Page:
Throughout the 2016 campaign President-elect Donald Trump reached out to voters who felt the system didn't work for them. They were crucial to his November victory.
But the challenges those voters face is about more than just economics and government policy, it cuts all the way to the physical health of their communities.
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People who live in Trump's most supportive communities feel they are not as healthy as the nation as a whole and people in their communities are more likely to die from a drug or alcohol overdose, according to data from the Gallup and the Centers for Disease Control analyzed by the American Communities Project.
Meet The Press merged data from three groups of counties that Trump won by more than 20 points - Graying America, Evangelical Hubs and Working Class Country. Those counties carry some common traits. They are more rural than the other places and tend to have lower incomes and lower college education rates.
There are 1024 counties in that merged group. Trump won 986 of them. And they look very different from the country on some key health measures.
More than 28% of the people in those counties said they have health problems that prevent them from doing things people their age normally can do. In some of those places that was much higher, well over 30%. That's compared to a national average figure of roughly 22%, according to Gallup surveys conducted in the 3rd quarter of 2016.
Those are self-diagnoses, of course, and respondents could be referring to anything from hard knee or back pain to diabetes. But the "health problems" question is fairly consistent across the counties Trump won. The counties Clinton won tended to have fewer than average people citing "health problems" that affected their lives.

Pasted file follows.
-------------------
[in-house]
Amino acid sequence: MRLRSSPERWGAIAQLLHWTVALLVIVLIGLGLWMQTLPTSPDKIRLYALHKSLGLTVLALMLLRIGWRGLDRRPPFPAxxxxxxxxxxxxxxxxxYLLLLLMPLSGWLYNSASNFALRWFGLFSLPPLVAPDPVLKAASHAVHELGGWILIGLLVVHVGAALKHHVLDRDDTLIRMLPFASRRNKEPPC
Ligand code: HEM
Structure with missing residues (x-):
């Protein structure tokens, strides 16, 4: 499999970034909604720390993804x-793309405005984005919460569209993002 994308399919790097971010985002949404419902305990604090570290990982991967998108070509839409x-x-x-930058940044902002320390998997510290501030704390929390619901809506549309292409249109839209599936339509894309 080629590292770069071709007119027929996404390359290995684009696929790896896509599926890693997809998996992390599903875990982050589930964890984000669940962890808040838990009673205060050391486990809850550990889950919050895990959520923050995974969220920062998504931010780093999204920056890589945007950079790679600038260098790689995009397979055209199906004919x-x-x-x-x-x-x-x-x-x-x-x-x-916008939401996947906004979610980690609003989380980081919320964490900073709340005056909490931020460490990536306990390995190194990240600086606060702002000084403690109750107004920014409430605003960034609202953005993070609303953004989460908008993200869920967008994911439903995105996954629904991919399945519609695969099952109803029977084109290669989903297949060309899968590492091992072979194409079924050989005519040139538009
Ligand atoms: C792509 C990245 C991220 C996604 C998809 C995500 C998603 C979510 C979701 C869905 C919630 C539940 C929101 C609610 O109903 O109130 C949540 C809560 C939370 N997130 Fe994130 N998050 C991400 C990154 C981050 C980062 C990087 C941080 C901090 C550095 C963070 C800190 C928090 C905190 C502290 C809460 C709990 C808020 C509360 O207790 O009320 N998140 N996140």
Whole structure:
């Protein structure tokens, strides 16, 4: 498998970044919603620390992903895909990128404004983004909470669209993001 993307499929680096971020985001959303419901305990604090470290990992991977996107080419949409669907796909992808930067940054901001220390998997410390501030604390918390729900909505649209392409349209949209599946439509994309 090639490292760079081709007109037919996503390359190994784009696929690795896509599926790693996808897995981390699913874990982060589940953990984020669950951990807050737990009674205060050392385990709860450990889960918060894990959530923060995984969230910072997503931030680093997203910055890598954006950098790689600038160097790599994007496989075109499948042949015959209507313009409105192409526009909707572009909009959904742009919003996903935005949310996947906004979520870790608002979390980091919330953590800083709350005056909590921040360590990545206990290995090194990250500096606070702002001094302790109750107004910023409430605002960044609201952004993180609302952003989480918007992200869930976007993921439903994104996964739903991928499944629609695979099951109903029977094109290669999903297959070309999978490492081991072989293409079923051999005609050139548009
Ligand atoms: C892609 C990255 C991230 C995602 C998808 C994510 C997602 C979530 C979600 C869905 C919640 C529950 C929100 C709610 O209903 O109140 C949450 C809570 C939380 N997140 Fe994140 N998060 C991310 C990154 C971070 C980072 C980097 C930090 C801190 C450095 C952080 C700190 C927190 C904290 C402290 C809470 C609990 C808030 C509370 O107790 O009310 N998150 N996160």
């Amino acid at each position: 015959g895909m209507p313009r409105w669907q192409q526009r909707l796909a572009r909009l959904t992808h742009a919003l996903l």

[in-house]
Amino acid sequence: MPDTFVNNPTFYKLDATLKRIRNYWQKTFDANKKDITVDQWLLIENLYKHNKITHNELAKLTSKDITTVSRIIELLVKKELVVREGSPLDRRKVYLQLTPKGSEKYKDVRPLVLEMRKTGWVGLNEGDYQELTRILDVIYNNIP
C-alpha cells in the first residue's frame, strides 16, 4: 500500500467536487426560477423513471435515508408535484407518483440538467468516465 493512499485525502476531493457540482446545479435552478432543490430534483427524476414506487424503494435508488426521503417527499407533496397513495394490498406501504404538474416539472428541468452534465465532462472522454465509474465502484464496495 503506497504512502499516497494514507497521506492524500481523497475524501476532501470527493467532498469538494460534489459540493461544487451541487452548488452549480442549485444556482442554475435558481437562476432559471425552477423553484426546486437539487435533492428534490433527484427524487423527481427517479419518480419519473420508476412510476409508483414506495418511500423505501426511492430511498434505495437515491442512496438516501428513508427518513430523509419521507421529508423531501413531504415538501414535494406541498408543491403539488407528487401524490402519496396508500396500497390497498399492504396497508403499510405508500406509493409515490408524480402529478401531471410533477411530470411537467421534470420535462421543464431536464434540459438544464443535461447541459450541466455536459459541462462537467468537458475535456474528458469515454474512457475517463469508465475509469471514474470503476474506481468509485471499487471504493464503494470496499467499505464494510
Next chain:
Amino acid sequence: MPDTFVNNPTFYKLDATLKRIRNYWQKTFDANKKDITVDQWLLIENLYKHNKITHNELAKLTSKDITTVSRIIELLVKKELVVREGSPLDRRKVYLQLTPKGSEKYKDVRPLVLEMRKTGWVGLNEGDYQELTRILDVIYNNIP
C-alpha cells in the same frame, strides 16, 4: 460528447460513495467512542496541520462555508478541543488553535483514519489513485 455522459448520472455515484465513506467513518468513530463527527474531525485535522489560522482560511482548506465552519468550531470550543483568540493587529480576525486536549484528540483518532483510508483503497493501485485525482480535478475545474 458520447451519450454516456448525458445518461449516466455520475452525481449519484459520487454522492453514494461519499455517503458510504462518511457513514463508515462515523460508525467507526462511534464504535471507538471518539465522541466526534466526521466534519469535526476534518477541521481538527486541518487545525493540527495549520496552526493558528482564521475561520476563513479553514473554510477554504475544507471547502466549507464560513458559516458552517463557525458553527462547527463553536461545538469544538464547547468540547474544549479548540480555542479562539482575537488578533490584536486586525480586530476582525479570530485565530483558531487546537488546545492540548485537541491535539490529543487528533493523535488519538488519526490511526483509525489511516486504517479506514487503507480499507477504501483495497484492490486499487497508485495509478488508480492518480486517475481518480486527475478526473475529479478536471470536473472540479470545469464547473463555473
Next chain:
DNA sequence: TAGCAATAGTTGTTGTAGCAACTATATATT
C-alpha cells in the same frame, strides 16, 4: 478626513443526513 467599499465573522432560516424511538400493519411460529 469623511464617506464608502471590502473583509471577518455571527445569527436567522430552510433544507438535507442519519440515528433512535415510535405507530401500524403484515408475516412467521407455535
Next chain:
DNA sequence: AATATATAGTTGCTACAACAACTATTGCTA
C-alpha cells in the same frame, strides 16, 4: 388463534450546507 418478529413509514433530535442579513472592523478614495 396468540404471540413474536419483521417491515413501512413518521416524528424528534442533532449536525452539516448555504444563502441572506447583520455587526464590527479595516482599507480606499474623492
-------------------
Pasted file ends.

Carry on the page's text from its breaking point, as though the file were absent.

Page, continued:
Maybe more surprising, those 1024 Trump-heavy counties also scored well above the national average in death induced by drugs or alcohol, according to 1999-2014 data from the CDC. The rate for drug or alcohol induced death was 24.2 per 100,000 people compared to less than 20 per 100,000 nationally.
In fact, contrary to what many might expect, the numbers for drug and alcohol induced deaths were higher in those rural counties than they were big cities (20.9 per 100,000 people) or dense urban suburbs (18.4). That's despite the fact that drug and alcohol abuse is often seen as a bigger problem in urban areas.
In many ways these health numbers are more crucial to understanding the frustration that drove parts of the Trump coalition than other political or economic indicators. In a very real sense, these data are not revealing attitudes, they are reporting outcomes — the impact of what it means to live in some of the nation's more rural, less wealthy areas.
The health numbers further expose the depth of the urban/rural divide running through the country. They suggest that divide is increasingly connected to politics. And they indicate Donald Trump is inheriting a very nation that may be very difficult to bring together.